No, I didn't read the book. I may eventually, but I haven't yet.
Today, I want to talk about something I've been struggling with recently which is probably a familiar topic for some of you:
Oh the number of times I've been in a situation where I perhaps haven't even done anything wrong, but a word here, a gesture there, a look, a change in posture - and I'm positive that I've made some sort of horrible mistake. If I'm unlucky enough to be informed that whatever I just did was incorrect, unfair, or even just "not the way I would have done it if it was me" then the reaction is the same, but stronger.
You may have experienced this before. The thoughts start small, but they snowball pretty quickly.
Oh no, I did something wrong.
I'm at fault.
I need to fix it.
They'll be angry with me until I fix it.
I have to fix it alone.
If I ask for help they'll think I'm lazy.
And so on and so forth.
Now, it's important to note that these thoughts are not healthy, even if they're normal. This is what I call a "thought trap," based loosely on my understanding of a "lifetrap," which is an element of therapy that comes in handy for those with anxiety or trauma.
The important part of this is to recognize when a thought trap has been sprung - to see when the thoughts running through your mind are in fact not connected to the situation at hand, but rather recalling emotions from a time now long passed. As an ADHD child, I ended up getting in trouble a lot for things I didn't understand or didn't even notice. Or when I did understand or notice, the I felt I was being punished for my feelings, rather than for my actions.
It was not that I hit another child on the playground that prompted the punishment, it was that I became angry.
So one of the final and most damaging steps of my personal Guilt Thought Trap is: My feelings don't matter. Only my actions. That might seem a little strange, but here, let me explain.
That I became angry on the playground and hit the other child was a problem. It was, more specifically, my problem. It was a problem that I was responsible for and that I was therefor liable for.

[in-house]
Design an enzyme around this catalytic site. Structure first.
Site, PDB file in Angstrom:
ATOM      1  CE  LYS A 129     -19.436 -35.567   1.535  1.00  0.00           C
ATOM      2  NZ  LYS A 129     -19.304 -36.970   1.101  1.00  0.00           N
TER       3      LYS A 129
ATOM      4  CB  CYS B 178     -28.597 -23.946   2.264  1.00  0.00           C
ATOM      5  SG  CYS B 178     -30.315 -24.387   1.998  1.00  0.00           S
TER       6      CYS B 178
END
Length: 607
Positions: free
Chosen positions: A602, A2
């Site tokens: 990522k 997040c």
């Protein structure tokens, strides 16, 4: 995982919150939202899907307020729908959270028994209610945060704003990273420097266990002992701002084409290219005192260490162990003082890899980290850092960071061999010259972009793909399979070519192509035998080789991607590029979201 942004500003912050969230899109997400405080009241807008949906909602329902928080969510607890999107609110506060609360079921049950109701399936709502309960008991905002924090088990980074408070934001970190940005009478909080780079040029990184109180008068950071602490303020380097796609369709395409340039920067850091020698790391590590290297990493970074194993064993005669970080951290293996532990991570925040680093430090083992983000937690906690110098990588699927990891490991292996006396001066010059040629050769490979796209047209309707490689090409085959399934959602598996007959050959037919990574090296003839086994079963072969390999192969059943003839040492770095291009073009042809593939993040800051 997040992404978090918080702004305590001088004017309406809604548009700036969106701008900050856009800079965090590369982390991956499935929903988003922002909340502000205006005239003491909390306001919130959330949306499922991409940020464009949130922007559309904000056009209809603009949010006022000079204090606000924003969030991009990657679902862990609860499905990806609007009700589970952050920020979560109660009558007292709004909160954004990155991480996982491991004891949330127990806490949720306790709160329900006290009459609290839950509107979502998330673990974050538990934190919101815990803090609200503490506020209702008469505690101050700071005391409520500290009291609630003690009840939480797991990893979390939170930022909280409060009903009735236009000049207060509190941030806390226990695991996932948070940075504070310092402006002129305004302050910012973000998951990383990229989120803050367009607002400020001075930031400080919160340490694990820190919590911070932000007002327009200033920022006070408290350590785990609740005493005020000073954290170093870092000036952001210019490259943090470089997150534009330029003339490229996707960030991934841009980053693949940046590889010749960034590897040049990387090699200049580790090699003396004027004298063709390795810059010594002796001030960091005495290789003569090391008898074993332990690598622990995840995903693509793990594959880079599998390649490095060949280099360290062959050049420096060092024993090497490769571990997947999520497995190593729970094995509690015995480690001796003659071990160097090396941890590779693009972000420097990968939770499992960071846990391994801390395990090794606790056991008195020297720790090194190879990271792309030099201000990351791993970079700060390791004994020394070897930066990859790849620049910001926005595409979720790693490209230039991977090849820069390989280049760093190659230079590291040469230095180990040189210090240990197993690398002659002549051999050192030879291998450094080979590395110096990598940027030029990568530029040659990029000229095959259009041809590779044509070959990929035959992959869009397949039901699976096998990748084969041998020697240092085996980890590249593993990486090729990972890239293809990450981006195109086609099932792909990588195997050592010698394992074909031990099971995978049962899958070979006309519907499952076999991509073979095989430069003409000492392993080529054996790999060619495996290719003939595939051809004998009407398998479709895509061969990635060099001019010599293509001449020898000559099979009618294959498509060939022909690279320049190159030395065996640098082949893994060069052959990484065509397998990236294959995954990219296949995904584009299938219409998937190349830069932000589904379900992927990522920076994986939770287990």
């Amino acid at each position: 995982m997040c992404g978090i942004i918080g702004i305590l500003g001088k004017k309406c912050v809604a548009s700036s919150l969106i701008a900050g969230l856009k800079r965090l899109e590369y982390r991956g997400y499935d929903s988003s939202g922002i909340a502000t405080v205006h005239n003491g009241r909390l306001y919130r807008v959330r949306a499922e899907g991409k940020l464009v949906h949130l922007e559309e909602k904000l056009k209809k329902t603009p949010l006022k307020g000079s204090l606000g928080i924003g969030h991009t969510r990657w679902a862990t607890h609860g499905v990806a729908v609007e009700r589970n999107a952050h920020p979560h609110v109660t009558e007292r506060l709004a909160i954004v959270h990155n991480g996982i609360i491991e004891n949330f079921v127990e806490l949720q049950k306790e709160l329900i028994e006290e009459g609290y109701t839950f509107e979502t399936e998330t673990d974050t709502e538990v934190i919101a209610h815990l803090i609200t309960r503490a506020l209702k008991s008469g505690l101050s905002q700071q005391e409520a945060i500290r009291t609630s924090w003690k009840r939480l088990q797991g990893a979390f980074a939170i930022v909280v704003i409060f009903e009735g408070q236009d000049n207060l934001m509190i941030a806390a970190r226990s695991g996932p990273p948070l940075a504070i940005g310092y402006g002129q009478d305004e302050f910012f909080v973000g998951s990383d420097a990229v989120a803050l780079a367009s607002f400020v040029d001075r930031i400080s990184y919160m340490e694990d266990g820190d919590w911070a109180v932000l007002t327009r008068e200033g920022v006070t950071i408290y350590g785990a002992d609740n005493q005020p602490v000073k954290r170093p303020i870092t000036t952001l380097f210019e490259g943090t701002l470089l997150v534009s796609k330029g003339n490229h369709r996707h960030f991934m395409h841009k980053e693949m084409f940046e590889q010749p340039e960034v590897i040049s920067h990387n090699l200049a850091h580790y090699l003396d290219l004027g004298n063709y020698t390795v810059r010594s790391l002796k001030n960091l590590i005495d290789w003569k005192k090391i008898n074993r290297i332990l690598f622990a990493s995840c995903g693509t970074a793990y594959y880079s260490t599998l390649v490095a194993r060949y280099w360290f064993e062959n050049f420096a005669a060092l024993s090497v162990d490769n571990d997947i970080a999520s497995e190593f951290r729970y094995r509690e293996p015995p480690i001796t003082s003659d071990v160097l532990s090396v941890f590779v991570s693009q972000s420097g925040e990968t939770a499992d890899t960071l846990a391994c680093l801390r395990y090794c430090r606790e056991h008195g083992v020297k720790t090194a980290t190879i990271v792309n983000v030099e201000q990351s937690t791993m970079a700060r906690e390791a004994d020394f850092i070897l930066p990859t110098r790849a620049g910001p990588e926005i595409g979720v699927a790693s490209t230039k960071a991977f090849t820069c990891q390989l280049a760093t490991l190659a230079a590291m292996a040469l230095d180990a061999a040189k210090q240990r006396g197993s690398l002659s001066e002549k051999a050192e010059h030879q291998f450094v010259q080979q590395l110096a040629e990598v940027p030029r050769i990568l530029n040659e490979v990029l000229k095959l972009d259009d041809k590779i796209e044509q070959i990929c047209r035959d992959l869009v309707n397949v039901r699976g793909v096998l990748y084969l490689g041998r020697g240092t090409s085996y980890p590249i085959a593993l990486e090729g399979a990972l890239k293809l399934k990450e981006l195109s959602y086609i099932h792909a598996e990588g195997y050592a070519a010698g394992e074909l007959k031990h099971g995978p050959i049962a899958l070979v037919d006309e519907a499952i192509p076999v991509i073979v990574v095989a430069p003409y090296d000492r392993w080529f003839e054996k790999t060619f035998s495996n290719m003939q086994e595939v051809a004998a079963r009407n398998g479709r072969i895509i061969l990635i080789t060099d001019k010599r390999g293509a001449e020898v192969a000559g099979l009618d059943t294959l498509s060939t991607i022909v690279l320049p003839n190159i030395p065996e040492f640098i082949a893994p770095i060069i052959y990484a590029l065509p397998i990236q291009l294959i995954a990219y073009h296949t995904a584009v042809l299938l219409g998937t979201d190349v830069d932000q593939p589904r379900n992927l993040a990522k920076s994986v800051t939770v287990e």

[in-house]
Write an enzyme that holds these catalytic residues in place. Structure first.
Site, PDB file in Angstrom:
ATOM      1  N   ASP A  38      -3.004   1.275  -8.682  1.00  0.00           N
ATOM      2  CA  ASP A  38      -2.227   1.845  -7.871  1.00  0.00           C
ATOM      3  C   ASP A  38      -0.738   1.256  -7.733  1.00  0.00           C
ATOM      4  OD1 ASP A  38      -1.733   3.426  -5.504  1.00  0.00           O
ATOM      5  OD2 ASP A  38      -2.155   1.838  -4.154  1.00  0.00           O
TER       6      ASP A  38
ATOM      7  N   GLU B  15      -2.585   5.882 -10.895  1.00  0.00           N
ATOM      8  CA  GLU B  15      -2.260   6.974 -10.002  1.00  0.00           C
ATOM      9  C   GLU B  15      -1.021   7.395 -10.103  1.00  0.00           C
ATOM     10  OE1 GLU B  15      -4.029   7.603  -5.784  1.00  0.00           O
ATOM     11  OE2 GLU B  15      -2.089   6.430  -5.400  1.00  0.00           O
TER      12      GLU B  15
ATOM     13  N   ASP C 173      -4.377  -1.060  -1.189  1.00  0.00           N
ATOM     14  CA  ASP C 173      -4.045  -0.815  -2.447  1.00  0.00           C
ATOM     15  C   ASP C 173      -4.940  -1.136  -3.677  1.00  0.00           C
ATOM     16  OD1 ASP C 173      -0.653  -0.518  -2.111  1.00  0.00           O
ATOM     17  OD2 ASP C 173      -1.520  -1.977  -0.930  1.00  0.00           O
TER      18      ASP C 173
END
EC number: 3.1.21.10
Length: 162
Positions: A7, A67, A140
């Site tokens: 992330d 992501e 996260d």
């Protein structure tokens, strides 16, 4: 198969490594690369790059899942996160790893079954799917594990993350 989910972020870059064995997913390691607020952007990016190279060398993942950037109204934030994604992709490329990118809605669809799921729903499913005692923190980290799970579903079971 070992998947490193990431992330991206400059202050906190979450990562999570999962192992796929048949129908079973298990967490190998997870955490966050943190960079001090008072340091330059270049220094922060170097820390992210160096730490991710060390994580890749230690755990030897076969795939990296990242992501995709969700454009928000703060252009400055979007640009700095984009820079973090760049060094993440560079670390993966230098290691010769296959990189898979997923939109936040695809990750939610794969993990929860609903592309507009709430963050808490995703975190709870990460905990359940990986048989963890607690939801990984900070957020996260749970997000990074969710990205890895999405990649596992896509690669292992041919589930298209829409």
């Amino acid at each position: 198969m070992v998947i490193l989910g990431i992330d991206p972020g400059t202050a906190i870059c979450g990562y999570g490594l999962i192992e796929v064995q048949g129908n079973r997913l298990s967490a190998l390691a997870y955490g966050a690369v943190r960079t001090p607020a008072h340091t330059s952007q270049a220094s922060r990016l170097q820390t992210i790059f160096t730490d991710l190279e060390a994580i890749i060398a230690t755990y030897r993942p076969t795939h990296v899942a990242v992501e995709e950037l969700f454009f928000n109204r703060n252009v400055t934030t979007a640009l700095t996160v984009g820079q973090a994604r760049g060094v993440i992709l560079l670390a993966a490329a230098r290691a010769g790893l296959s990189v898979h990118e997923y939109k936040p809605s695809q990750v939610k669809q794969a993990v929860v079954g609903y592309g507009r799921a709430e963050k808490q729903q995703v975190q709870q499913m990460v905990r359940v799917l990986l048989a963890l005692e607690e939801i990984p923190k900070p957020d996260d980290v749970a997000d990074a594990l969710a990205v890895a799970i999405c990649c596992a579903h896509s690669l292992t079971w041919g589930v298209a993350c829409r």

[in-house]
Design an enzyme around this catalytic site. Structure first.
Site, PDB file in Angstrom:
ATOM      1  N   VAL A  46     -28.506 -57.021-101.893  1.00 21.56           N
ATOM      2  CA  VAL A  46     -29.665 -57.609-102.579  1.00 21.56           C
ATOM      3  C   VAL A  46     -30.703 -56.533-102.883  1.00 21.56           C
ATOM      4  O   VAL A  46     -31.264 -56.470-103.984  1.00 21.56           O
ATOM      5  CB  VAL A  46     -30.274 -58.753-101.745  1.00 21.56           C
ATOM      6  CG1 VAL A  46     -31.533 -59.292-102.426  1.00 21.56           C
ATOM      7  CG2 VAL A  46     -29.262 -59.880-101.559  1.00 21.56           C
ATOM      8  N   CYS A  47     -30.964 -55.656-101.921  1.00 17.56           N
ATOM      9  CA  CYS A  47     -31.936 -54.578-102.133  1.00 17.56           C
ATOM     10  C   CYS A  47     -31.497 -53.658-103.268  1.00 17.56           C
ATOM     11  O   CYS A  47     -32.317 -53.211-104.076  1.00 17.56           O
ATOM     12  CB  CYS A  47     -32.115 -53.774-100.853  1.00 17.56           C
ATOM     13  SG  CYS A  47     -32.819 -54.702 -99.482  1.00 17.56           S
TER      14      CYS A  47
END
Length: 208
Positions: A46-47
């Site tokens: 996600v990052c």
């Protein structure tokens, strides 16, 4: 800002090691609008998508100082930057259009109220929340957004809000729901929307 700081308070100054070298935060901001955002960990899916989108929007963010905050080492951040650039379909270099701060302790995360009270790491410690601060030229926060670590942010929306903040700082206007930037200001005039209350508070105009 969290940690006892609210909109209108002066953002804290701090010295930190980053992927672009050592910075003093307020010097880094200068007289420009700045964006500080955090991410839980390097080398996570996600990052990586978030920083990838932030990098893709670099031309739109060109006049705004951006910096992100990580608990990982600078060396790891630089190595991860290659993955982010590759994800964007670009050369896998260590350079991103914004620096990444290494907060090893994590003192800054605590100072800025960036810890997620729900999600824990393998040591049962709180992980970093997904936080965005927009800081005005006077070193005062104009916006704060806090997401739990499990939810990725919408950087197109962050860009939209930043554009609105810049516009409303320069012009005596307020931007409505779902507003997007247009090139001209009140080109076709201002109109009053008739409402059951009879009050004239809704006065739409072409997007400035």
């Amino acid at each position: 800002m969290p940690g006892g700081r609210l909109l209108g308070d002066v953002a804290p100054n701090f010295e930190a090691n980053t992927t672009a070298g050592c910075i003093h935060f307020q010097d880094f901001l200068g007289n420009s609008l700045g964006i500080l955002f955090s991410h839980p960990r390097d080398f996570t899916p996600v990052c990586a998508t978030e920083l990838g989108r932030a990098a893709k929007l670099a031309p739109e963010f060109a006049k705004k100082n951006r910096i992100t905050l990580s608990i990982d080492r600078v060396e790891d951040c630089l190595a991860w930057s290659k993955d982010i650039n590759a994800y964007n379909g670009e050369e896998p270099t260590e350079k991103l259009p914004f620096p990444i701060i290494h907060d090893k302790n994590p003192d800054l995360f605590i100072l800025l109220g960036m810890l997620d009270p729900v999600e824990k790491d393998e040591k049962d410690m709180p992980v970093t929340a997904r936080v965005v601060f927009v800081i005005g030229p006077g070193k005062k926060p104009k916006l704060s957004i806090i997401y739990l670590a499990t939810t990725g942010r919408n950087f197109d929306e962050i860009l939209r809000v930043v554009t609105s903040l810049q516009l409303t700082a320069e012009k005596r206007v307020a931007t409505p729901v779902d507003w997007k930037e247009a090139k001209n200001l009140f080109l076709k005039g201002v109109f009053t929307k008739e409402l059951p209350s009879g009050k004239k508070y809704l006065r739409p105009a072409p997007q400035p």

That the other child provoked me, or did something that I didn't like, or any other circumstance that led to me being angry didn't matter. What mattered was that I had been angry, and I had acted on that anger.
In addition, the immediate response of the teacher called to arbitrate was very often along the lines of "go apologize."
That I did not feel sorry or even regret my actions did not matter. What mattered was that I needed to go say the words.
Now, as a child, I of course internalized the implication of these things without ever putting them into words. But the result is that now, years and years later, when I become angry and say something hurtful to my friends, the guilt reflex is so strong that I can't stop it. But there's also a kernel of frustration buried in there, because the implication that my feelings have no inherent value is still present.
This is something I'm working on changing with the help of my therapist. I am not yet convinced that the statement "my feelings matter and deserve to be addressed" is true, and that fact unsettles me. But being aware that some of my instinctive responses are FALSE in addition to knowing that this train of thought is not logic, but HABIT, helps me redirect my thoughts into healthier and more productive patterns.
Just something I thought I'd like to share. Writing it all out helps me process things.